Against the Current, No. 25, March/April 1990
AS JOEL KOVEL observes,* American “anticommunism” is not and has never been primarily the cr1tique of Stalinism (or Bolshevism), even while receiving considerable secondary reinforcement from the realities of Communist rule. “Communism” as ideology reputedly alien to Americans has been conceptually frozen in time and space—Kovel calls it the “black hole effect”—of an evil against which all points of analysis, all differentiations, effectively disappear.
If this is so, the end of Stalinism does not necessarily mean the end of anticommunism; but it poses problems more difficult, in sustaining the maneuvered dynamics, than anticommunism has faced in seventy years. According to a poll released in 1961, asking respondents to choose between all-out nuclear war and living under communist rule, 81% chose war and only 6% communist rule; taken again in 1989, the poll turned up only 47% to 32%. Unprecedented.
– The maintenance of a perceived reality or social construction for capitalism’s popular support (or acquiescence) has never been as simple as rendering communism evil. It has demanded, since World War II in particular, the risk of atomic or nuclear war—with a constant state of readiness for absolute destruction—a wildly exorbitant-rate of taxation for military purposes, and the sacrifice of increasingly large portions of habitable (or natural) countryside to toxification.
The radical quality of the break from the pre-1950 America of relative security low taxation and apparently endless open space can scarcely be appreciated. The memory of anything previous has eroded, merging “pre-Cold War” with Depression hard times. Yet the potential long-run resentment against the required sacrifices cannot be overestimated. Anticommunism in the broadest sense (communism as an obstacle to “growth,” the ultimate frontier of American trade) made the sacrifices acceptable. What does now?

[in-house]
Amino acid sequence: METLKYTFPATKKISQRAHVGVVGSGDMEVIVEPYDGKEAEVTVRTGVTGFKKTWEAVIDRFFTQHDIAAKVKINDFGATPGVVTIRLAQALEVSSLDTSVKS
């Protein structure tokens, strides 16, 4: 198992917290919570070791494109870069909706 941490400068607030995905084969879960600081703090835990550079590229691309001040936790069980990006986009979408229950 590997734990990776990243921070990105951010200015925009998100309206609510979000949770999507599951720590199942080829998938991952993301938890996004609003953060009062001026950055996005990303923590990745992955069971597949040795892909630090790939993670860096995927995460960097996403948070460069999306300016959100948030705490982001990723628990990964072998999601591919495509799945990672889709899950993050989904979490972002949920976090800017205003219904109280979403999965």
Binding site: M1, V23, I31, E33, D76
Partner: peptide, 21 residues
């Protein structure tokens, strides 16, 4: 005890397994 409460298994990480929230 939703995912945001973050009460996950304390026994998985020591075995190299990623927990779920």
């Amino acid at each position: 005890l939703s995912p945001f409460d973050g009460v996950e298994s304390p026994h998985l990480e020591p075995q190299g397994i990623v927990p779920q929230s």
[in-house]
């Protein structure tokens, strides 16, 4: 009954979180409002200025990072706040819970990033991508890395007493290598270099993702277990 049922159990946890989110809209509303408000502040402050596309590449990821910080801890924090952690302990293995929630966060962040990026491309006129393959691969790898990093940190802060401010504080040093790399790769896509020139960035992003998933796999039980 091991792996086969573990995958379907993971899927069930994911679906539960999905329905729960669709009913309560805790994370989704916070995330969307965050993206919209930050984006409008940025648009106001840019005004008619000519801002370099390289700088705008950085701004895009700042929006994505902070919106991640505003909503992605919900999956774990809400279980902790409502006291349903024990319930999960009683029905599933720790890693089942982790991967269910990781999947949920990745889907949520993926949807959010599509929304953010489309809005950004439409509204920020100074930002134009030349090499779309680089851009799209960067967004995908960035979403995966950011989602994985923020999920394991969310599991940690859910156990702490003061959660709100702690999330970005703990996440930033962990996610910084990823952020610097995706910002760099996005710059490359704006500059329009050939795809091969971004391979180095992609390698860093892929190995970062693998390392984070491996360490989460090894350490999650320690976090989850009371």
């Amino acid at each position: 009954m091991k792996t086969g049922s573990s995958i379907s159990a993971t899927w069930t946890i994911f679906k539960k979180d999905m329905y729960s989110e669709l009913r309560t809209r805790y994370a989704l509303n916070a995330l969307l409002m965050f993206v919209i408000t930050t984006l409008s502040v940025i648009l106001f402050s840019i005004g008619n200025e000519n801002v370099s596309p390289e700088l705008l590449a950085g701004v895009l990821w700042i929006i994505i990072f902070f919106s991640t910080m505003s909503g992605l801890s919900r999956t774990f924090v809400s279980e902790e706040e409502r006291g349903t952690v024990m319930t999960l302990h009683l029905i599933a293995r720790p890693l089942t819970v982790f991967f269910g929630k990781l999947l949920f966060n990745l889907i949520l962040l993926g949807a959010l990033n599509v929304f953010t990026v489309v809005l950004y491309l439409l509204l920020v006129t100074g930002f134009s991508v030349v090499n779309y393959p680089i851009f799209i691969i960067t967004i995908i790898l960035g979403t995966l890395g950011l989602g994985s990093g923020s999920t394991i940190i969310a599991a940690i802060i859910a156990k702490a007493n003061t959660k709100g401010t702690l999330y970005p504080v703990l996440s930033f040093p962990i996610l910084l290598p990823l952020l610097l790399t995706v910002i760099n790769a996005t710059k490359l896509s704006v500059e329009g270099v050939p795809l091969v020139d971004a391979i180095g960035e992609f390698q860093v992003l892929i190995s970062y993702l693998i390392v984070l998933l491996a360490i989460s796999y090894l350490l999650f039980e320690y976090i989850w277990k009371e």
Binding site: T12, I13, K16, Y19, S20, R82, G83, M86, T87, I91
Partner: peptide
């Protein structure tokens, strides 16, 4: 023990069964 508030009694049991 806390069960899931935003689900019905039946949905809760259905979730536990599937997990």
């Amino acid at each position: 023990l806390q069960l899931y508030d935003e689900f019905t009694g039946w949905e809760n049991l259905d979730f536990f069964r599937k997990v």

Anticommunism could not, on the other hand, ever have succeeded without the consumer economy and its virtually all-pervasive ideology. Its apparent vindication has come with the failure of alternative systems to provide the rationale, let alone the means, for people anywhere in the world to embrace any ideal other than consumption. At that game; no Stalinist variant and no independent revolutionary regime could succeed for very long without a great, and ultimately unacceptable, social toll. The illusion of communist independence from the decisive, power of the world market will—along with the racist claims of colonialism and neo-colonialism—come to be seen as the most powerful myths of the century.
And yet the impossibility—in the short run, for Eastern Europeans and the virtual entirety of the Third World; in the not-so-long run, and, ecologically speaking, the planet—of American-style consumerism as a functioning international system clarifies the absolute outer limits of anticommunism.
Therefore, the collapse of Stalinism means that capitalism must (despite the continuing low- or high-intensity war against the Third World, now billed increasingly as attempts to substitute drug dealers, etc.) confront itself. We have already begun to see the first indications of implosion. We may anticipate—almost certainly earlier in popular culture than in political life—a wholesale ideological erosion with the slightest economic recession.
It remains to be seen how the left (acting; at least preliminarily, as small, informally coordinated, groups) will take its opportunity in hand. What it will require, even more than organization, is the skill to formulate and propagate the catch phrases of those who no longer believe in the Cold War system and have begun to believe, once more, in the possibility of life-giving alternatives. George Lipsitz calls that future vision “a chorus of many voices and a land of a thousand dances.”** The emancipated rock n rollers of the Eastern bloc will surely help us find the America we have often missed right under our noses.
*Joel Kovel, “Anticommunism–The Encyclopedia of the American Left, eds. Man Jo Buhie, Paul Buhie and Dan Georgiakas (New York: Garland, 1990).
**George Lipsitz, Time Passages: Collective Memory and American Popular Culture (University of Minnesota, 1990), 271.
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March-April 1990, ATC 25